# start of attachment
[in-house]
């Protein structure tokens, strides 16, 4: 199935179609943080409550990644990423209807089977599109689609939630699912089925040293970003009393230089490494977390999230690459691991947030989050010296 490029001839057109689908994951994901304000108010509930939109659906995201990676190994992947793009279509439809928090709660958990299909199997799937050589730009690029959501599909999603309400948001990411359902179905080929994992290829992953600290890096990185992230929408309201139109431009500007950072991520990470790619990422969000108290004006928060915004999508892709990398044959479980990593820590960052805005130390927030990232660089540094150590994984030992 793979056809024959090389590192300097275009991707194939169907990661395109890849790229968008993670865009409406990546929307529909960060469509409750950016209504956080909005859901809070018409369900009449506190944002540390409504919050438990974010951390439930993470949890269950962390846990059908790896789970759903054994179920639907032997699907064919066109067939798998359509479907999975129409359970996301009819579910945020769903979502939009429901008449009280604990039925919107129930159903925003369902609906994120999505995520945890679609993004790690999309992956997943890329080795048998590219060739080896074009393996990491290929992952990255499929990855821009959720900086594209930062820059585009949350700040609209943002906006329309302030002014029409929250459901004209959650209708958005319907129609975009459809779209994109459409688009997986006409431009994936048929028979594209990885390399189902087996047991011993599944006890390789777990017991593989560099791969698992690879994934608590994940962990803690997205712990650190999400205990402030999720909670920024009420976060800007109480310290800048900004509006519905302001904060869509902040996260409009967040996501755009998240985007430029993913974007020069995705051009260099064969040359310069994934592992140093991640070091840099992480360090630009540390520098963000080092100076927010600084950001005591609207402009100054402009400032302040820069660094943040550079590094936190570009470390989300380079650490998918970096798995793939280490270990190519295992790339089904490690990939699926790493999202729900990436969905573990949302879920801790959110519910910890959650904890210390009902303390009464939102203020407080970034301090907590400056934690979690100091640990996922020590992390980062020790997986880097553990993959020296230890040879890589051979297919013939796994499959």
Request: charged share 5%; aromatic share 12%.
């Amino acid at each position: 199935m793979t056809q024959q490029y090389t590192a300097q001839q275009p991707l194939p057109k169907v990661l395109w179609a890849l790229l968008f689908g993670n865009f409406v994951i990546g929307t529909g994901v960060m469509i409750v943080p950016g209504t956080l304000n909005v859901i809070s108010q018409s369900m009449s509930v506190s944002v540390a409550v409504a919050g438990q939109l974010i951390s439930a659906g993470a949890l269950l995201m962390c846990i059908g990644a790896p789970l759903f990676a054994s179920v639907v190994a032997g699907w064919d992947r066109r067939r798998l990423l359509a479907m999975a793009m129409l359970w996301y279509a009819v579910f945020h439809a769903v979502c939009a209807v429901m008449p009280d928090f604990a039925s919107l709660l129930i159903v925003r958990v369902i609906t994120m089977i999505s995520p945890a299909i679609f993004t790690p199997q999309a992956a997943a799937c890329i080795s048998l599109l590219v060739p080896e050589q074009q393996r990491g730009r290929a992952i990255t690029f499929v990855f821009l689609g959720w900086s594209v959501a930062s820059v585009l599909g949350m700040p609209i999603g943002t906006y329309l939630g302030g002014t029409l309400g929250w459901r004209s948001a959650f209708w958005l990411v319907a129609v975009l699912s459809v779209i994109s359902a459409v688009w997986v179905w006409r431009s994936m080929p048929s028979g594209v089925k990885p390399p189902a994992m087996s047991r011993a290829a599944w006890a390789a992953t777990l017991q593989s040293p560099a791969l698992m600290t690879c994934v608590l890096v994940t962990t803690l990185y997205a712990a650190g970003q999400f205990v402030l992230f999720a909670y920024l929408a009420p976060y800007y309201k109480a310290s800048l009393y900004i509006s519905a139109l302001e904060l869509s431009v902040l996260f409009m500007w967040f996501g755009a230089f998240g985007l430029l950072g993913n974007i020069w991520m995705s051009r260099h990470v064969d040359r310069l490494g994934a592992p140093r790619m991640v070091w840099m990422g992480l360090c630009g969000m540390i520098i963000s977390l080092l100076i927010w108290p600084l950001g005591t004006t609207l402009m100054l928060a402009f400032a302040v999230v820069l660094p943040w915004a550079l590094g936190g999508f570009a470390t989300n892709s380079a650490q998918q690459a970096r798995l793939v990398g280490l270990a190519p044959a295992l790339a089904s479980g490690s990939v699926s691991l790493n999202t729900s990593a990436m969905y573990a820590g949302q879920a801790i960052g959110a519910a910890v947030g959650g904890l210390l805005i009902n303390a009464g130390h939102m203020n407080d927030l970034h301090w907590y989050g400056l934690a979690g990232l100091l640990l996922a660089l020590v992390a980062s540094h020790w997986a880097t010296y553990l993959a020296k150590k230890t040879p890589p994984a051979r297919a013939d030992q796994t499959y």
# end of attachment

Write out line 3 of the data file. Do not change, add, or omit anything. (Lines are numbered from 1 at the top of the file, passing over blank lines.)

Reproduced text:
Request: charged share 5%; aromatic share 12%.